On top the 20,000 cards that were taken away over the course of this year due to the budgets, and even though the Taoiseach has lately said no more than 3% would be affected by any change to the criteria, which would be only some 11,000 cards in total, the reality is that in the region of 35,000 people over the age of 70 are set to lose their cards. One wonders what has changed. In the House earlier we were celebrating the relatively welcome development of Forbes highlighting Ireland as one of the best places in the world to do business, according to its metrics and tables, and both sides of the House acknowledged the encouraging signs in terms of employment and also income tax returns, of which I spoke earlier today. The net gain to Government of this measure is some €25 million in savings, although we are €520 million ahead of schedule up to November, at a time when no more than one sixth of our total tax take is catered for. Despite these surpluses, I acknowledge we are coming from a very low base and that there is debt we would like to eat into, which we will be able to do next week with the benefit of Bank of Ireland giving us back €2 billion. Surely, however, when there is some leeway, figures can be adjusted and we can look at this and decide that, while we know we must make savings, this will bite hard, so let us look at not doing it. Let us say: "We will be able to take this €25 million from another area because the relative health and protection of those over 70 is extremely important to us."

As I said, in 2008 the then Opposition participated in the anger and the narrative of the justifiable protests of the day, at a time when the limit was €1,400 per week. Now, it is down to €900 and, in effect, we are going to crystallise a discriminatory measure in this Bill whereas, historically, the practice has always been that if it was €700 for an individual, it was twice that for a couple, which is €1,400. Instead, this time it will be €500 for an individual but €900 for a couple, thus discriminating against those people who happen to be lucky enough to have a loving relationship in a marriage for a lifetime. One wonders why this is the case.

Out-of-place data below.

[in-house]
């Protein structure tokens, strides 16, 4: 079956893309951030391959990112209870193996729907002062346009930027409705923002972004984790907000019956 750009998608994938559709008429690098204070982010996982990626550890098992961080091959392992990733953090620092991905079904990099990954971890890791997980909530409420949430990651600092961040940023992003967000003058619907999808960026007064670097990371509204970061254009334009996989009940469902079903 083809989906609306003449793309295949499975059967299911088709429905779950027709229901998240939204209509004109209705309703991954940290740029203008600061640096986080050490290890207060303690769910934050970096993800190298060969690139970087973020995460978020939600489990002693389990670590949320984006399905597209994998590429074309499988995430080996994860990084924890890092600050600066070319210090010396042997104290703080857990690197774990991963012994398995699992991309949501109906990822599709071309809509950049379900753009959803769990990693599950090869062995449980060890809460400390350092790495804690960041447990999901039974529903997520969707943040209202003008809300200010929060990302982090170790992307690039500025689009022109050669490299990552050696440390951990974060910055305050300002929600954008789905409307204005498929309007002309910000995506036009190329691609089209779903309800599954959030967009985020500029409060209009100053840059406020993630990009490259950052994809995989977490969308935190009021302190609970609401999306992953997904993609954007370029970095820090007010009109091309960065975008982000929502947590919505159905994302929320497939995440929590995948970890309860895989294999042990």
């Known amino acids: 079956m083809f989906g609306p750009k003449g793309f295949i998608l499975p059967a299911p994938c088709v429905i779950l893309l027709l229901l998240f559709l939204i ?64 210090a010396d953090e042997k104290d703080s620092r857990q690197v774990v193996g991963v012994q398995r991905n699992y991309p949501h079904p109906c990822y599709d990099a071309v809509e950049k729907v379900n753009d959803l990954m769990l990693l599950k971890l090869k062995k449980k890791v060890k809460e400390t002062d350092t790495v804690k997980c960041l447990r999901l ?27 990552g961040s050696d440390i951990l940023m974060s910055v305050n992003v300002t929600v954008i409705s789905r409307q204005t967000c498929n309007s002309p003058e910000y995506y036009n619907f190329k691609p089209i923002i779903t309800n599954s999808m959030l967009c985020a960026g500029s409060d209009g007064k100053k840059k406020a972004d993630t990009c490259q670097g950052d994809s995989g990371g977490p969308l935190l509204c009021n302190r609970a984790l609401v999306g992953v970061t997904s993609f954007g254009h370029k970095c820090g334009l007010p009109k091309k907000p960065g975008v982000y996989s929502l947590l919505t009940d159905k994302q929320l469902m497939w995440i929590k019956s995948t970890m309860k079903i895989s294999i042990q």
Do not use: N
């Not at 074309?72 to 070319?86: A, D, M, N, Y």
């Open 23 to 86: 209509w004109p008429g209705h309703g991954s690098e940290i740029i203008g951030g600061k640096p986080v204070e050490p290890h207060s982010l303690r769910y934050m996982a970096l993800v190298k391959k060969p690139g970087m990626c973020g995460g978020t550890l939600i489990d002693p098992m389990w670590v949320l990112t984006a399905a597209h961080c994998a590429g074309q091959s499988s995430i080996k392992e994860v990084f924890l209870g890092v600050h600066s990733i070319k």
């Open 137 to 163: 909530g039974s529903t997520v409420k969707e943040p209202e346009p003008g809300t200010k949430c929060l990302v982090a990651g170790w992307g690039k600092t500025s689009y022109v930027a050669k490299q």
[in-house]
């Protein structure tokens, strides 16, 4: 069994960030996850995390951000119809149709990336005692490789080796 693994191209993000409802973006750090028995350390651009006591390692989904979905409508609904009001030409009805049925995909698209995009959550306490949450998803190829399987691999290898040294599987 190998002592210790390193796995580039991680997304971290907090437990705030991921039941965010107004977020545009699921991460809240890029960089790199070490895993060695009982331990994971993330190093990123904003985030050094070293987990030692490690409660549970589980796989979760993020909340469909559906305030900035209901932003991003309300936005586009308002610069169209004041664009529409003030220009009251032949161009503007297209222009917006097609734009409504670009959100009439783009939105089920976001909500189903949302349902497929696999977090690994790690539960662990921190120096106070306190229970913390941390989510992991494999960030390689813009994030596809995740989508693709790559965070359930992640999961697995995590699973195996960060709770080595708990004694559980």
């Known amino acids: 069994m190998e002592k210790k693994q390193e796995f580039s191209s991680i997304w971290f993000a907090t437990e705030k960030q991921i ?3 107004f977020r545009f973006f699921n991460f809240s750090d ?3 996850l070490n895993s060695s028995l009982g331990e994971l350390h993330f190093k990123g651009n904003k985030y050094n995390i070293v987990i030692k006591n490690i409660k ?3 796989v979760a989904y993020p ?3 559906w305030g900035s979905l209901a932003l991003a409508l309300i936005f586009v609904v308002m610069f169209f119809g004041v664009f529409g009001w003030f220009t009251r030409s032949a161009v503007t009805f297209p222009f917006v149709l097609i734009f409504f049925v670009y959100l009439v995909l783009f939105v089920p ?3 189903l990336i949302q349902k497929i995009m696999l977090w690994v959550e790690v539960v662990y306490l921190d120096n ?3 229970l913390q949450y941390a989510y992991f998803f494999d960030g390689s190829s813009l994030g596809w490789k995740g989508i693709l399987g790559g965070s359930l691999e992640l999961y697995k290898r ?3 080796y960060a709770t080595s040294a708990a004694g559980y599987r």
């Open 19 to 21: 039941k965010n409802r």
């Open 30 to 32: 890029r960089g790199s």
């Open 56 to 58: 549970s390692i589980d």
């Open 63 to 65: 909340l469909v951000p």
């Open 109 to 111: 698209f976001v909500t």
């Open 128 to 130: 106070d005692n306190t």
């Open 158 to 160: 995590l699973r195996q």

I appreciate this is all about the fight for resources. We had a good debate in the House last night on mental health, always the poor relation, I would argue, in terms of the cuts, in that when it comes to the budget, that is money to be ring-fenced until such time as it is needed, but we then pull it out again and it is no longer ring-fenced. When it comes to the less well-off, the over-70s and children, we really ought to be prepared to push that boat out a little further, particularly given the information coming our way in the last week is encouraging in terms of additional resources becoming available.

There is an element of gimmickry on the issue of the under-fives. I have children under five who will get free GP care, and, of course, I will take it. However, should I be eligible for it? No, I probably should not as I am on €65,000 a year. A very small percentage of the public service is on that kind of wage, and some are on significantly more than that, not least the Minister of State, officials and so on. This is the case throughout the country. We have often mentioned known wealthy people and, in jest, said we do not want to be providing free GP care to people who have many millions, and so on. I am not sure we have the element of joined-up thinking and the whole-health service approach for which the Minister of State would probably yearn, although I realise there are a lot of difficulties within that.